# Sphere and unit norm arrays

`Manifolds.AbstractSphere`

— Type`AbstractSphere{𝔽} <: AbstractEmbeddedManifold{𝔽,DefaultIsometricEmbeddingType}`

An abstract type to represent a unit sphere that is represented isometrically in the embedding.

The classical sphere, i.e. unit norm (real- or complex-valued) vectors can be generated as usual: to create the 2-dimensional sphere (in $ℝ^3$), use `Sphere(2)`

and `Sphere(2,ℂ)`

, respectively.

`Manifolds.Sphere`

— Type`Sphere{n,𝔽} <: AbstractSphere{𝔽}`

The (unit) sphere manifold $𝕊^{n}$ is the set of all unit norm vectors in $𝔽^{n+1}$. The sphere is represented in the embedding, i.e.

\[𝕊^{n} := \bigl\{ p \in 𝔽^{n+1}\ \big|\ \lVert p \rVert = 1 \bigr\}\]

where $𝔽\in\{ℝ,ℂ,ℍ\}$. Note that compared to the `ArraySphere`

, here the argument `n`

of the manifold is the dimension of the manifold, i.e. $𝕊^{n} ⊂ 𝔽^{n+1}$, $n\in ℕ$.

The tangent space at point $p$ is given by

\[T_p𝕊^{n} := \bigl\{ X ∈ 𝔽^{n+1}\ |\ \Re(⟨p,X⟩) = 0 \bigr \},\]

where $𝔽\in\{ℝ,ℂ,ℍ\}$ and $⟨\cdot,\cdot⟩$ denotes the inner product in the embedding $𝔽^{n+1}$.

For $𝔽=ℂ$, the manifold is the complex sphere, written $ℂ𝕊^n$, embedded in $ℂ^{n+1}$. $ℂ𝕊^n$ is the complexification of the real sphere $𝕊^{2n+1}$. Likewise, the quaternionic sphere $ℍ𝕊^n$ is the quaternionification of the real sphere $𝕊^{4n+3}$. Consequently, $ℂ𝕊^0$ is equivalent to $𝕊^1$ and `Circle`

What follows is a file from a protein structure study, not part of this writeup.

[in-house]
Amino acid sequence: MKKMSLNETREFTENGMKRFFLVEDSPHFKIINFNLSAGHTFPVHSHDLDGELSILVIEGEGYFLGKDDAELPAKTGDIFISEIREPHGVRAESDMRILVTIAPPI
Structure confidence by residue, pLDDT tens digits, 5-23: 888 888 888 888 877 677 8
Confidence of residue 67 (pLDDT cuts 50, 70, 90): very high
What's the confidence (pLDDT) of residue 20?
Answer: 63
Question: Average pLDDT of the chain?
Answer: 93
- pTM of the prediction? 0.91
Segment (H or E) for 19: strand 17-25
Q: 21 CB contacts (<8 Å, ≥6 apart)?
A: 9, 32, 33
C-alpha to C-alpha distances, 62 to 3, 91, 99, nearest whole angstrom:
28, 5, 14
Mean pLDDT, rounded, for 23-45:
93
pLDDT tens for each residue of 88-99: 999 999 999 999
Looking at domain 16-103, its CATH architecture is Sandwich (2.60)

, while $ℂ𝕊^1$ and $ℍ𝕊^0$ are equivalent to $𝕊^3$, though with different default representations.

This manifold is modeled as a special case of the more general case, i.e. as an embedded manifold to the `Euclidean`

, and several functions like the `inner`

product and the `zero_vector`

are inherited from the embedding.

**Constructor**

`Sphere(n[, field=ℝ])`

Generate the (real-valued) sphere $𝕊^{n} ⊂ ℝ^{n+1}$, where `field`

can also be used to generate the complex- and quaternionic-valued sphere.

For the higher-dimensional arrays, for example unit (Frobenius) norm matrices, the manifold is generated using the size of the matrix. To create the unit sphere of $3×2$ real-valued matrices, write `ArraySphere(3,2)`

and the complex case is done – as for the `Euclidean`

case – with an keyword argument `ArraySphere(3,2; field = ℂ)`

. This case also covers the classical sphere as a special case, but you specify the size of the vectors/embedding instead: The 2-sphere can here be generated `ArraySphere(3)`

.

`Manifolds.ArraySphere`

— Type`ArraySphere{T<:Tuple,𝔽} <: AbstractSphere{𝔽}`

The (unit) sphere manifold $𝕊^{n₁,n₂,...,nᵢ}$ is the set of all unit (Frobenius) norm elements of $𝔽^{n₁,n₂,...,nᵢ}$, where 𝔽\in{ℝ,ℂ,ℍ}. The generalized sphere is represented in the embedding, and supports arbitrary sized arrays or in other words arbitrary tensors of unit norm. The set formally reads